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Showing posts from July, 2018

Artists at Sea: Monet in Normandy

After writing a 1,000 word piece about Winslow Homer's eighteen month stay at an English fishing village, I'm writing a series of primers about other artists who made similar journeys. Claude Monet, Regates a Saint-Adresse , 1867 Who Claude Monet, French Impressionist painter Coastal association Normandy, France. Reasons for visiting Monet spent his childhood in Le Havre, Normandy. Dates visited Almost his entire life from 1840 to 1926. First visit 1845, aged 5, when his family moved to Le Havre. As an adult, after working and gaining some success in Paris, he spent the summer of 1867 painting in Sainte-Adresse, near Le Havre. Effect on Work His earliest plein air paintings were made near Le Havre when Monet was 16, under the guidance of Eugene Boudin. Ten years later, Monet's time at Sainte Adresse moved his work away from 'salon' style subjects of bourgeois life to a deeper consideration of how to use pure colour to capture the light on

My best open studio

The best open studio for artists is the one where they sell a lot of work. I mean, really, what else would qualify? Maybe having Person Famous in the 1970s come through the door and respond very positively to a series of etchings (actually happened). (Although he also left without buying anything, so...) But I would say that one of the best open studios (the second best one, perhaps) was the one where I premiered a six minute stop motion animation film. Here in fact is a clip from that film: I worked on it for six months in 2013. It was the first thing I completed in my new studio in the Cornelia Arts Building . I felt the need to explore subject matter and imagery related to my childhood in an English mining town, but in a medium other than painting or printmaking. A medium where you could tell more of a story, a continuous narrative as opposed to a static moment. I was pleased with the film, and invited people to come and see it for the first time in an open studio at the be

My worst open studio

Most open studios are notable for nothing really happening. You sit there waiting for people to come into your studio, eat all your nibbles and guzzle the free drink, and then leave after a cursory glance at your work. Usually, the worst thing that happens is that you get stuck in a boring conversation with a dull person, But there was one time a few years ago when I got into one of these conversations, and quite quickly the person I was talking to started to make homophobic remarks about another artist in the building. After a few minutes, I decided I'd had enough and asked him to leave. He seemed genuinely surprised that I had any objection to what he was saying, which in retrospect makes me even angrier if he thought he had a sympathetic ear. He asked me why, and I told him I didn't like people talking that way, and I said: "This conversation ended 30 seconds ago." So he left. So, nothing dramatic like Jackson Pollock getting drunk in a fancy New York ap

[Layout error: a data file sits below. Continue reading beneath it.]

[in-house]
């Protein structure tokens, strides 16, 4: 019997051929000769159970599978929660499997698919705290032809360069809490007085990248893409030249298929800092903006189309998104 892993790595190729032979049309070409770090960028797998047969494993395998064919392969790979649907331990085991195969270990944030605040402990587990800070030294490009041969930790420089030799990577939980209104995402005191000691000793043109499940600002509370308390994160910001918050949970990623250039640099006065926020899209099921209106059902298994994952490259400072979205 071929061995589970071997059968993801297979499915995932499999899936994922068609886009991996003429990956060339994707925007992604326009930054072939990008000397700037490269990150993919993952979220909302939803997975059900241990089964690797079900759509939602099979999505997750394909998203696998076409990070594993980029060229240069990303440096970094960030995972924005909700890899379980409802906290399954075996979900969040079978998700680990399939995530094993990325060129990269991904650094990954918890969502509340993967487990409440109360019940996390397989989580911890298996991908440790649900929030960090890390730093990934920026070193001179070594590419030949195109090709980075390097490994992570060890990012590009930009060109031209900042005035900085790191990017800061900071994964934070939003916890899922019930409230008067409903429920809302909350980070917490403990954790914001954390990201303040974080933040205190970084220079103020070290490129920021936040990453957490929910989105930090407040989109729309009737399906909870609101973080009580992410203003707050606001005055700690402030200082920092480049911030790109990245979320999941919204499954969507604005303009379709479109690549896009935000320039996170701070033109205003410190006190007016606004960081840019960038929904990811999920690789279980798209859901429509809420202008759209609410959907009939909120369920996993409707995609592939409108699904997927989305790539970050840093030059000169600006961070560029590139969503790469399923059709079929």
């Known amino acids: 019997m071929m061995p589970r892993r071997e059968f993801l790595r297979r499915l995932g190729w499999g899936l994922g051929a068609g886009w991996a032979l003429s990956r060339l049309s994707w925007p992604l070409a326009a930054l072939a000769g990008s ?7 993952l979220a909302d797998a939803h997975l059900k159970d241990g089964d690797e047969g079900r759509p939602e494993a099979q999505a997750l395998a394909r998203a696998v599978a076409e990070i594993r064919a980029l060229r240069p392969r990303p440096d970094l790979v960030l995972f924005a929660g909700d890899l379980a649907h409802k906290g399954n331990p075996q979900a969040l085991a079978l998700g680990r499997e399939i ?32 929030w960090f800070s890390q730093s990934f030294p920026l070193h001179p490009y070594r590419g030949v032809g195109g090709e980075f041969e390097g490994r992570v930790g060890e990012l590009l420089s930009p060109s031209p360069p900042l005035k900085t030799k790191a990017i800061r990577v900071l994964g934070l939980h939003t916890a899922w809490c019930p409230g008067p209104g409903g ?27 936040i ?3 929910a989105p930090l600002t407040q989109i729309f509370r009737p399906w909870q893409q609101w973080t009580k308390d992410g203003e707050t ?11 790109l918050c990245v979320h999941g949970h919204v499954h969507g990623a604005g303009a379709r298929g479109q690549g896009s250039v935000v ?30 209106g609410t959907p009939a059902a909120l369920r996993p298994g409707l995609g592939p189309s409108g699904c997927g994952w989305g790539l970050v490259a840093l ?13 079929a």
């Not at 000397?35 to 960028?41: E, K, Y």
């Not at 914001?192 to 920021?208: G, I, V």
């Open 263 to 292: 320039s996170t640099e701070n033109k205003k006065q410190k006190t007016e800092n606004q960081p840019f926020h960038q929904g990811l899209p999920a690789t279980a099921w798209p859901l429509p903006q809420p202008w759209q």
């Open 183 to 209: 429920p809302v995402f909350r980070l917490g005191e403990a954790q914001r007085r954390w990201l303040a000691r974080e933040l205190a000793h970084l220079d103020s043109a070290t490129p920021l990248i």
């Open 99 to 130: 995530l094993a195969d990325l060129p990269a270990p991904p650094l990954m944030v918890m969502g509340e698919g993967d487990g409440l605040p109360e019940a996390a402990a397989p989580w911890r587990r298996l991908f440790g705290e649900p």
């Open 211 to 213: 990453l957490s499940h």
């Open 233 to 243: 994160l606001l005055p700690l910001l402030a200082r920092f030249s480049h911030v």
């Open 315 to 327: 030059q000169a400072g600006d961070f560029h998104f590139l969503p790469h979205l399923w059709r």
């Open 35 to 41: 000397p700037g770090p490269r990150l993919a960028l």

Anna Atkins, Cyanotype Pioneer

While cyanotypes are on my mind, I decided to do a little more research on the history of the process, and came across some fascinating information. You create a cyanotype by coating paper with a 50/50 mixture of ferric ammonium citrate and potassium ferricyanide. You then place objects such as feathers and plants onto the paper, and expose them to sunlight for a little while. You wash the exposed paper under a tap or in a water tray, which reveals the white outlines of the objects against a striking Prussian Blue background. The first person to formulate this method was British astronomer Sir John Herschel in the 1840s. He developed it as a quick way of seeing plans and diagrams -- this gave birth to the term 'blueprint'. But the first person to use the cyanotype process in a significant way was a woman named Anna Atkins (1799-1871). Most of what follows draws on some excellent sources ( here and here ) containing a detailed account of her experiments. Atki

Blue Printmaking

Blogging has been light for me recently, thanks to the World Cup and to lots of teaching. Though ironically, one of the classes I am due to teach is about starting and running your own blog. The most recent workshop was teaching the cyanotype process to some people at the Art Center Highland Park. I did this last Saturday, on a bright but very hot day: The process requires exposing a light-sensitive paper to sunlight, and light conditions were perfect for this technique. Earlier or later in the year, it can take up to four minutes before the objects are registered on the cyanotype paper, but in late June it only takes 45 seconds: The bad news was the humidity, which meant I was toppling over after 90 minutes of going in and out of the steam bath conditions. In anticipation of this, I had brought along my UV lightbox, which we loaded up with different textured materials to create a series of beautiful cyanotypes: For more information on this process, which dates ba